Ada Lovelace (1815 - 1852) was an analyst and metaphysician and is often referred to as the first computer programmer. She worked with Charles Babbage on the Analytical Engine, the precursor to the modern computer. Lovelace made extensive notes accompanying the engine, in which she describes how it could be programmed, and the broader scope of its potential. She wrote:
"The distinctive characteristic of the Analytical Engine, and that which has rendered it possible to endow mechanism with such extensive faculties as bid fair to make this engine the executive right-hand of abstract algebra, is the introduction into it of the principle which Jacquard devised for regulating, by means of punched cards, the most complicated patterns in the fabrication of brocaded stuffs. It is in this that the distinction between the two engines lies. Nothing of the sort exists in the Difference Engine. We may say most aptly that the Analytical Engine weaves algebraical patterns just as the Jacquard loom weaves flowers and leaves."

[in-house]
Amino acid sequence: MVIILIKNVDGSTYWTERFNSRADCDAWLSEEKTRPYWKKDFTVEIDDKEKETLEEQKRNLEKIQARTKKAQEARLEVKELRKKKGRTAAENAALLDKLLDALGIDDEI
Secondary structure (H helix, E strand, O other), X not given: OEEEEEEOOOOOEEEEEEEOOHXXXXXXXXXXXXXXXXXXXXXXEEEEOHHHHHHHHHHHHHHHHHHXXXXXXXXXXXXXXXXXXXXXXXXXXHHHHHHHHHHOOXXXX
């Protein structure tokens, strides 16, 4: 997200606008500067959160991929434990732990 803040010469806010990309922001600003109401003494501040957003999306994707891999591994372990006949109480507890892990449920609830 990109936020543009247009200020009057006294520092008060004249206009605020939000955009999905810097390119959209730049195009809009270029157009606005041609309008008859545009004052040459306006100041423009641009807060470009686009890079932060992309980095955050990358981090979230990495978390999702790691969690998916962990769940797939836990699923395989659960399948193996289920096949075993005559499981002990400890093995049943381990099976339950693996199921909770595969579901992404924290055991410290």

P Morrison and E Morrison (eds.), Charles Babbage and his calculating engines (New York, 1961).
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